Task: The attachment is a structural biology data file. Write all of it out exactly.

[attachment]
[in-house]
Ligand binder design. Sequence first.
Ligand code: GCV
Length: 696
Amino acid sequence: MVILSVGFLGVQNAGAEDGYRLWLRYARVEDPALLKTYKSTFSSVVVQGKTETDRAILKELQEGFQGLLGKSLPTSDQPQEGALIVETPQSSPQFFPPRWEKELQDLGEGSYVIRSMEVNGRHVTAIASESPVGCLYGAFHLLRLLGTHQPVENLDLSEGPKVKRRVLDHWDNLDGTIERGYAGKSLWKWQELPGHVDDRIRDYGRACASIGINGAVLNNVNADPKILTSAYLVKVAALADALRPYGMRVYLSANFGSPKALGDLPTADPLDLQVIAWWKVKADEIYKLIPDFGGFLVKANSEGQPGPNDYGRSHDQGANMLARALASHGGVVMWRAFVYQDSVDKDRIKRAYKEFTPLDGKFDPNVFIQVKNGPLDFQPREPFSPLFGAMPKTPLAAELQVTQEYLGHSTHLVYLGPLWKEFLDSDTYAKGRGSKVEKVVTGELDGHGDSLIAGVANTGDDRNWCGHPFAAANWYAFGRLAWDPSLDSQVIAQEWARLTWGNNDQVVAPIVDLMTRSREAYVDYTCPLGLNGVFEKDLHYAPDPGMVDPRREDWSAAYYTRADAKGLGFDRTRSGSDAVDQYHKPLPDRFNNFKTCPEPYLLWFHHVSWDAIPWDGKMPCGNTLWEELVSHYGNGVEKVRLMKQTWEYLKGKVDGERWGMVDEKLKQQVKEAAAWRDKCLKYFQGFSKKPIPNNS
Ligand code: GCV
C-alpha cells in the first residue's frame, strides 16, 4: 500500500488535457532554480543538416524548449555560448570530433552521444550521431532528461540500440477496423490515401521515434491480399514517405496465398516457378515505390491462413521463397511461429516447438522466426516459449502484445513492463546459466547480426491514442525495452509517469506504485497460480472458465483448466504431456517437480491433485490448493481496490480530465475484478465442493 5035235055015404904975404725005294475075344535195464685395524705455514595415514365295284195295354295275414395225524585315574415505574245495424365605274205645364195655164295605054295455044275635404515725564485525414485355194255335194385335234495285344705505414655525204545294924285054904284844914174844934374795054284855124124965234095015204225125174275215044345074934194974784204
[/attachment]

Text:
[in-house]
Ligand binder design. Sequence first.
Ligand code: GCV
Length: 696
Amino acid sequence: MVILSVGFLGVQNAGAEDGYRLWLRYARVEDPALLKTYKSTFSSVVVQGKTETDRAILKELQEGFQGLLGKSLPTSDQPQEGALIVETPQSSPQFFPPRWEKELQDLGEGSYVIRSMEVNGRHVTAIASESPVGCLYGAFHLLRLLGTHQPVENLDLSEGPKVKRRVLDHWDNLDGTIERGYAGKSLWKWQELPGHVDDRIRDYGRACASIGINGAVLNNVNADPKILTSAYLVKVAALADALRPYGMRVYLSANFGSPKALGDLPTADPLDLQVIAWWKVKADEIYKLIPDFGGFLVKANSEGQPGPNDYGRSHDQGANMLARALASHGGVVMWRAFVYQDSVDKDRIKRAYKEFTPLDGKFDPNVFIQVKNGPLDFQPREPFSPLFGAMPKTPLAAELQVTQEYLGHSTHLVYLGPLWKEFLDSDTYAKGRGSKVEKVVTGELDGHGDSLIAGVANTGDDRNWCGHPFAAANWYAFGRLAWDPSLDSQVIAQEWARLTWGNNDQVVAPIVDLMTRSREAYVDYTCPLGLNGVFEKDLHYAPDPGMVDPRREDWSAAYYTRADAKGLGFDRTRSGSDAVDQYHKPLPDRFNNFKTCPEPYLLWFHHVSWDAIPWDGKMPCGNTLWEELVSHYGNGVEKVRLMKQTWEYLKGKVDGERWGMVDEKLKQQVKEAAAWRDKCLKYFQGFSKKPIPNNS
Ligand code: GCV
C-alpha cells in the first residue's frame, strides 16, 4: 500500500488535457532554480543538416524548449555560448570530433552521444550521431532528461540500440477496423490515401521515434491480399514517405496465398516457378515505390491462413521463397511461429516447438522466426516459449502484445513492463546459466547480426491514442525495452509517469506504485497460480472458465483448466504431456517437480491433485490448493481496490480530465475484478465442493 5035235055015404904975404725005294475075344535195464685395524705455514595415514365295284195295354295275414395225524585315574415505574245495424365605274205645364195655164295605054295455044275635404515725564485525414485355194255335194385335234495285344705505414655525204545294924285054904284844914174844934374795054284855124124965234095015204225125174275215044345074934194974784204